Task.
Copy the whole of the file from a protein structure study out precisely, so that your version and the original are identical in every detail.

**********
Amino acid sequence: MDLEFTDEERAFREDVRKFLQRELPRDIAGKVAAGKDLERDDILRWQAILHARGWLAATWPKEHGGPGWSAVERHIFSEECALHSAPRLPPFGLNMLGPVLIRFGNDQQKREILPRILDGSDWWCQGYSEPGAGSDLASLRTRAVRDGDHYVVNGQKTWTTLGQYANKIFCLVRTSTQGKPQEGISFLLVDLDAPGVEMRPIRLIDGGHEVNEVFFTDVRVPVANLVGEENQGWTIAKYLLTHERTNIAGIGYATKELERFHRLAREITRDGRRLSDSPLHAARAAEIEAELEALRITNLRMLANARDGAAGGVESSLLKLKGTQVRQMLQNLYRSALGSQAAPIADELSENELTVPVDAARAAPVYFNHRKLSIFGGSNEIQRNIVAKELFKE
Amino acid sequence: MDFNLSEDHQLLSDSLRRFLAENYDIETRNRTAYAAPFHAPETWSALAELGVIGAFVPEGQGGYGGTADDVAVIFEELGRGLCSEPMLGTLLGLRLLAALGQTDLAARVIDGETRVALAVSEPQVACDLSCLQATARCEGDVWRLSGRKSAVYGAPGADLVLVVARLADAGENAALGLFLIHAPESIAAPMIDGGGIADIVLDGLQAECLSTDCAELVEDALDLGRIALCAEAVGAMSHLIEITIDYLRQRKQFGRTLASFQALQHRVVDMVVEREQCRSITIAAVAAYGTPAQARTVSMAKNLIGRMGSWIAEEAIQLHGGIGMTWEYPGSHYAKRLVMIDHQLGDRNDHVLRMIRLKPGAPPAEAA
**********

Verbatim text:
Amino acid sequence: MDLEFTDEERAFREDVRKFLQRELPRDIAGKVAAGKDLERDDILRWQAILHARGWLAATWPKEHGGPGWSAVERHIFSEECALHSAPRLPPFGLNMLGPVLIRFGNDQQKREILPRILDGSDWWCQGYSEPGAGSDLASLRTRAVRDGDHYVVNGQKTWTTLGQYANKIFCLVRTSTQGKPQEGISFLLVDLDAPGVEMRPIRLIDGGHEVNEVFFTDVRVPVANLVGEENQGWTIAKYLLTHERTNIAGIGYATKELERFHRLAREITRDGRRLSDSPLHAARAAEIEAELEALRITNLRMLANARDGAAGGVESSLLKLKGTQVRQMLQNLYRSALGSQAAPIADELSENELTVPVDAARAAPVYFNHRKLSIFGGSNEIQRNIVAKELFKE
Amino acid sequence: MDFNLSEDHQLLSDSLRRFLAENYDIETRNRTAYAAPFHAPETWSALAELGVIGAFVPEGQGGYGGTADDVAVIFEELGRGLCSEPMLGTLLGLRLLAALGQTDLAARVIDGETRVALAVSEPQVACDLSCLQATARCEGDVWRLSGRKSAVYGAPGADLVLVVARLADAGENAALGLFLIHAPESIAAPMIDGGGIADIVLDGLQAECLSTDCAELVEDALDLGRIALCAEAVGAMSHLIEITIDYLRQRKQFGRTLASFQALQHRVVDMVVEREQCRSITIAAVAAYGTPAQARTVSMAKNLIGRMGSWIAEEAIQLHGGIGMTWEYPGSHYAKRLVMIDHQLGDRNDHVLRMIRLKPGAPPAEAA